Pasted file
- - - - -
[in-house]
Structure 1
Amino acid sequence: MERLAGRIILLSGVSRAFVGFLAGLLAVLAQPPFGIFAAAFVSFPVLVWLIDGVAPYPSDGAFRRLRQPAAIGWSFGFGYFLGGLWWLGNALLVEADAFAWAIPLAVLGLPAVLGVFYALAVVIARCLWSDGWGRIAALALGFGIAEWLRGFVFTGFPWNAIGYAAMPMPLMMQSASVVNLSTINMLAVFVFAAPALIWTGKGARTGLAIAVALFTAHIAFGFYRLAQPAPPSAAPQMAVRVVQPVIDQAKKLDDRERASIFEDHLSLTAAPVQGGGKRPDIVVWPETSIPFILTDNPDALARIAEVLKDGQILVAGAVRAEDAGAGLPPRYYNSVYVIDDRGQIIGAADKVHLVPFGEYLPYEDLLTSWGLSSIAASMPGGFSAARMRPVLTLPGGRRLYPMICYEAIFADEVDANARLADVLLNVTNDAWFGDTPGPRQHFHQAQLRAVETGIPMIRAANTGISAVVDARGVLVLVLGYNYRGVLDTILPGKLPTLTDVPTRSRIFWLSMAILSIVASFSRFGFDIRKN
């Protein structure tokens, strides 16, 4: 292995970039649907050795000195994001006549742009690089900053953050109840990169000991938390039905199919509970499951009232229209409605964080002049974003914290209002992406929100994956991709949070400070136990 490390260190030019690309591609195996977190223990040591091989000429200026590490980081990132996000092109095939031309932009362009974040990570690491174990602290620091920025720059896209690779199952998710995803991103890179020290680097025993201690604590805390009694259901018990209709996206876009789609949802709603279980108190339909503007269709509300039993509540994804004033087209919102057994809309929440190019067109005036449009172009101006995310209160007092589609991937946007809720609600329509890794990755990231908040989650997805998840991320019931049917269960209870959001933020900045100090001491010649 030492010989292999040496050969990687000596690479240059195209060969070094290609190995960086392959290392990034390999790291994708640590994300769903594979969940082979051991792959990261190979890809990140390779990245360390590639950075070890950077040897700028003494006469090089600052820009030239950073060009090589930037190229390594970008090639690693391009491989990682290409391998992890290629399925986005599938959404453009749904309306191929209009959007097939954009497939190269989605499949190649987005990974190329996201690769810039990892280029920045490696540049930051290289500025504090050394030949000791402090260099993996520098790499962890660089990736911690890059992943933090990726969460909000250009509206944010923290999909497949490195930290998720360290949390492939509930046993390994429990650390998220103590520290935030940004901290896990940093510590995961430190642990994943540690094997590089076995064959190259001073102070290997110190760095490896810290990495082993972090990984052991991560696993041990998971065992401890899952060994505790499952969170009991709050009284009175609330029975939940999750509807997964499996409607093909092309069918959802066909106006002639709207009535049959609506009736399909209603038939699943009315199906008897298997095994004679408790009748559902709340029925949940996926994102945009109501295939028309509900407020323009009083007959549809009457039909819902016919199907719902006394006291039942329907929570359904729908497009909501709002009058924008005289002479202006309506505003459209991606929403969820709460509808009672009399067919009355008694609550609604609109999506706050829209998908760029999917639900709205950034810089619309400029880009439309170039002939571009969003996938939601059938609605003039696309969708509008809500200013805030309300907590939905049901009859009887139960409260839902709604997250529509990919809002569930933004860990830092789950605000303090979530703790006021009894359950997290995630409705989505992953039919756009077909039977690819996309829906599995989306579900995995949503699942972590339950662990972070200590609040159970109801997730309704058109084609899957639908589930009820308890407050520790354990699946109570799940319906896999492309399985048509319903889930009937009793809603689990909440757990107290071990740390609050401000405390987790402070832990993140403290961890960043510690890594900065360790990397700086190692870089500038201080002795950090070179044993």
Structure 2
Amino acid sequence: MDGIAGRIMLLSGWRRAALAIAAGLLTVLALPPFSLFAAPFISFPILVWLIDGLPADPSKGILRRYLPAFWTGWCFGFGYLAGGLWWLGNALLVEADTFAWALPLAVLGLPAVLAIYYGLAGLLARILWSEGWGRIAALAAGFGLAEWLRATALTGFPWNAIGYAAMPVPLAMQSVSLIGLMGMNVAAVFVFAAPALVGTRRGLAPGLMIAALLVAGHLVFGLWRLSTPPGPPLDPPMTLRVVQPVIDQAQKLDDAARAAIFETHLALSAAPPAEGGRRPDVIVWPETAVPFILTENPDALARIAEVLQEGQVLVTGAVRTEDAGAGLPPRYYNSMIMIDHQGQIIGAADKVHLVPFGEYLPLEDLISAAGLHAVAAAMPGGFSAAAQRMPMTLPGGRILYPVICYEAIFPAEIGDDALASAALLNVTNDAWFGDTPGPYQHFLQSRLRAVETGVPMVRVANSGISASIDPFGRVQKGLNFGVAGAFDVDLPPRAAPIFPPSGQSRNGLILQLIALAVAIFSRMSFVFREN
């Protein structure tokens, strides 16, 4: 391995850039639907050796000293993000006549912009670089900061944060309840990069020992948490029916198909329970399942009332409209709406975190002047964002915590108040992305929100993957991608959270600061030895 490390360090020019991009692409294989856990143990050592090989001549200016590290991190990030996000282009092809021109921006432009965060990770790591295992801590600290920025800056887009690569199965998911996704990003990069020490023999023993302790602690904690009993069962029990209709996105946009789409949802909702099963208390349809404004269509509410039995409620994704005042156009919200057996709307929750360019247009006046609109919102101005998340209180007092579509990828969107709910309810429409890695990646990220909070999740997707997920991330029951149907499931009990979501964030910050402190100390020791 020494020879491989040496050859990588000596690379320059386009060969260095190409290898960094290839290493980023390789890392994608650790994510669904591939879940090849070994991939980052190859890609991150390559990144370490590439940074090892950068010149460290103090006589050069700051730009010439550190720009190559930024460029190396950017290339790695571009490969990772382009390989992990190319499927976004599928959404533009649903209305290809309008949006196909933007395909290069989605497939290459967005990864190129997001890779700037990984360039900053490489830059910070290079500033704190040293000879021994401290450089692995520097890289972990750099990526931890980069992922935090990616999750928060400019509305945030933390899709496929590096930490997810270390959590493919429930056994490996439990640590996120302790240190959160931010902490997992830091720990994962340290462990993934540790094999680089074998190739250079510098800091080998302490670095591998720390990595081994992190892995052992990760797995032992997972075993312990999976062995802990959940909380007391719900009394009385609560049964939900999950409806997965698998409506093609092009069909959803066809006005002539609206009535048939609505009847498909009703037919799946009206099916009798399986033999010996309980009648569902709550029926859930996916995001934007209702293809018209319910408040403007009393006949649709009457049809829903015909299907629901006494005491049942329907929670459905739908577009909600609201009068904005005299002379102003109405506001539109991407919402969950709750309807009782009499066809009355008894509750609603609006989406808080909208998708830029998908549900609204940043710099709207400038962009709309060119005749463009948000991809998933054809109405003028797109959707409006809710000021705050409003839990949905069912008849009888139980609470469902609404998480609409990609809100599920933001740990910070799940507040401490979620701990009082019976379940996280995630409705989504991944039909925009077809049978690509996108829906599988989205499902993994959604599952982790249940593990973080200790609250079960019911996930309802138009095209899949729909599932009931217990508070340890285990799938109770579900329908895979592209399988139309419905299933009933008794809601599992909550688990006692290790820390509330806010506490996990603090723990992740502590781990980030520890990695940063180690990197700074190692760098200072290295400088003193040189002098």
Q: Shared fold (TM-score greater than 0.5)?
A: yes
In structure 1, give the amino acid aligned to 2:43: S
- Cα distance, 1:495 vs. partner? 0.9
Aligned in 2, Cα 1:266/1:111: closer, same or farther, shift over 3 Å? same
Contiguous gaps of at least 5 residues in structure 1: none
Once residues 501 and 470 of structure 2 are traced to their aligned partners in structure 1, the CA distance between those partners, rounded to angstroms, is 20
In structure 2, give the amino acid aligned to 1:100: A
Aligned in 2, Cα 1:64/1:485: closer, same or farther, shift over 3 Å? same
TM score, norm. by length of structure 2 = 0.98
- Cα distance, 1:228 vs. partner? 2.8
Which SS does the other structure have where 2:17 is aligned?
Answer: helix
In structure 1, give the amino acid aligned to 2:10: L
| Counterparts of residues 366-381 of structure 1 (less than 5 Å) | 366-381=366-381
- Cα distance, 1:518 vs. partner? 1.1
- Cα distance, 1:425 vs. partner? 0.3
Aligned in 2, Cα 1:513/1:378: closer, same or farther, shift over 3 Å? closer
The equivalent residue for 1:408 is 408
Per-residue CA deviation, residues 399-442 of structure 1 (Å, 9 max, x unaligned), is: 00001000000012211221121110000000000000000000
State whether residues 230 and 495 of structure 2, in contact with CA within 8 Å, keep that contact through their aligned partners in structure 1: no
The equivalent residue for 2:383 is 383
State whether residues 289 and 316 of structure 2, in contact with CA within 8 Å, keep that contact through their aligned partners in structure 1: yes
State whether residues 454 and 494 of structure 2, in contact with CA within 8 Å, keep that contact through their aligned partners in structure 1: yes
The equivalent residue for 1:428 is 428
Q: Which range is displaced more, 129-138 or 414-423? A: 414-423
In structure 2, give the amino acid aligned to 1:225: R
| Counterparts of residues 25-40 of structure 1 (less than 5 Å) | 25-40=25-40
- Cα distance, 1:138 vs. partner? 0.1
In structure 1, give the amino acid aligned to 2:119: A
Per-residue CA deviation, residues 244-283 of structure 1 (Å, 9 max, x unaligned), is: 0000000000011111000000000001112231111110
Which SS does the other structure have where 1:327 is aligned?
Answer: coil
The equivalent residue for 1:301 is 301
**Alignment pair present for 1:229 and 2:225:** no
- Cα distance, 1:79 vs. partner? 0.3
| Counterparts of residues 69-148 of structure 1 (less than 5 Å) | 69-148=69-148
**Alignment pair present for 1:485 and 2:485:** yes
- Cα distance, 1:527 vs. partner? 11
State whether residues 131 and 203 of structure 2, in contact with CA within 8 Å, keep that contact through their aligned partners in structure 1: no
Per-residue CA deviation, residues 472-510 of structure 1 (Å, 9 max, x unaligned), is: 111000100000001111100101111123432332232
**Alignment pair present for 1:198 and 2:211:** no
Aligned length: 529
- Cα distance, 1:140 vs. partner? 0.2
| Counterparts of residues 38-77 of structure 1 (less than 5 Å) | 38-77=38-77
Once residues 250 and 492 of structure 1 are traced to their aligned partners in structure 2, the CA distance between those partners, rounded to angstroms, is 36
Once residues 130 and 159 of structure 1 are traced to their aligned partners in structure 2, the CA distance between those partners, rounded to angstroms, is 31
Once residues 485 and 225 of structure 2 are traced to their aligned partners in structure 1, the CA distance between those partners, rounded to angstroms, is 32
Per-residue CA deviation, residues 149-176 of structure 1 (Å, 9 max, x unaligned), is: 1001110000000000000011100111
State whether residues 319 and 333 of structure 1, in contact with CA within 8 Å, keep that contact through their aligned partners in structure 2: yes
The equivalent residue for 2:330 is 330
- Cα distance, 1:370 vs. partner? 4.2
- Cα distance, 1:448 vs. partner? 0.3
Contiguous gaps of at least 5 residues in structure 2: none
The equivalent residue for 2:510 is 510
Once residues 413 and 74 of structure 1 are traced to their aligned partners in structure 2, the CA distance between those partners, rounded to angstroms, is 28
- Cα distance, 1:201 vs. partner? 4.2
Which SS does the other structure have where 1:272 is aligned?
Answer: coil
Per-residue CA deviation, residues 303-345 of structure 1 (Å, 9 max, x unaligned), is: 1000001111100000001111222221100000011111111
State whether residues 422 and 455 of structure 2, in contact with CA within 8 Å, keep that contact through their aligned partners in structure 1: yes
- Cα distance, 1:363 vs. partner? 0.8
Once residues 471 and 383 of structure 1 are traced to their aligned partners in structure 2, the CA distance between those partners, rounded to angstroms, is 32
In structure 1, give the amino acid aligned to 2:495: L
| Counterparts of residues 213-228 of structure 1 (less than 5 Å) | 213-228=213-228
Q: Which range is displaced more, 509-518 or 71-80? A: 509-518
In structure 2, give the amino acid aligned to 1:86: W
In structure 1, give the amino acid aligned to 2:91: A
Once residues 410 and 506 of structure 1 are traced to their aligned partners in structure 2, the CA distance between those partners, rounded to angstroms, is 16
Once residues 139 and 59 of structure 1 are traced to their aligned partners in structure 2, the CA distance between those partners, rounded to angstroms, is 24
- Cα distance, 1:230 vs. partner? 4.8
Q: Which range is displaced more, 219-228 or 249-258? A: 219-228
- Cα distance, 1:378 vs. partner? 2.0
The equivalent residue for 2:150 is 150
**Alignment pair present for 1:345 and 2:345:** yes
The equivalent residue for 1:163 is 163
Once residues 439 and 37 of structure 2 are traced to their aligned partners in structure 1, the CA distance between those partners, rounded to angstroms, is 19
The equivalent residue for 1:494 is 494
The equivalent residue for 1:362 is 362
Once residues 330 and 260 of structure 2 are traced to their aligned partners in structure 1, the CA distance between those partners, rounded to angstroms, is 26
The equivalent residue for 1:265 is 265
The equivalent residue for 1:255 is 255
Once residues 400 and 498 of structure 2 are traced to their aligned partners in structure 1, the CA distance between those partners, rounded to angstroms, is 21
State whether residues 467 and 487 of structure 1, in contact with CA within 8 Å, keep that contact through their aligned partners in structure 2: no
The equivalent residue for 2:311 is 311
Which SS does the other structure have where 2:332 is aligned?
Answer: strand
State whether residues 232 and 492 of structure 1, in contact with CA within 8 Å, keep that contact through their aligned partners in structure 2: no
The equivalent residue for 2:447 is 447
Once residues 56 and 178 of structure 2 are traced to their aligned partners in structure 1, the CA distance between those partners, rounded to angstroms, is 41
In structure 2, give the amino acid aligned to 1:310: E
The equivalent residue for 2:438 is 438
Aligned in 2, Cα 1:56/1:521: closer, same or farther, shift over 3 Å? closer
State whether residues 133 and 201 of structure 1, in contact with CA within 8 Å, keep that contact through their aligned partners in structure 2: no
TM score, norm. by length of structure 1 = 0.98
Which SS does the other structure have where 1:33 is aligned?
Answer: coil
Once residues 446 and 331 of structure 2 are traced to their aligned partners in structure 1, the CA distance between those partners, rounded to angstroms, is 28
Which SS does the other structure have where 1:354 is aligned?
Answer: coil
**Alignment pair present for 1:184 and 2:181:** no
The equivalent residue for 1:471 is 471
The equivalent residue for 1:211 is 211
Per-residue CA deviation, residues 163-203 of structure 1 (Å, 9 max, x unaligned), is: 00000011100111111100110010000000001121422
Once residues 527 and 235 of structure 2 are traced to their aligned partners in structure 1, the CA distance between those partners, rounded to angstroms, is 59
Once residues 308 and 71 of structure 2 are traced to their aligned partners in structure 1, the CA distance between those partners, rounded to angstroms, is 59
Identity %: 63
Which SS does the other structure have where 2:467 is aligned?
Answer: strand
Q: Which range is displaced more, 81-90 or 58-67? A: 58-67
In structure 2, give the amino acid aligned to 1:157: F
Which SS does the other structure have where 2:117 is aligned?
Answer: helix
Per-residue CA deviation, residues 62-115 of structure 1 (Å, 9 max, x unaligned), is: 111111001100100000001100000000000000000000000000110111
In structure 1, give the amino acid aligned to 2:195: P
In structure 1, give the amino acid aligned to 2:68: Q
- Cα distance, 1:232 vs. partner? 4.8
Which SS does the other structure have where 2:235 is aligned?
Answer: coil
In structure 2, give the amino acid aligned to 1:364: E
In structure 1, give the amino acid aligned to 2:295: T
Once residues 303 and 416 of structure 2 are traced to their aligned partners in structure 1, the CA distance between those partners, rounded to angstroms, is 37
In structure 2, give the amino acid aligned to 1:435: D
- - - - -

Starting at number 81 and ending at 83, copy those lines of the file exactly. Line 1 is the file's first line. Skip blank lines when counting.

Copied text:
The equivalent residue for 2:150 is 150
**Alignment pair present for 1:345 and 2:345:** yes
The equivalent residue for 1:163 is 163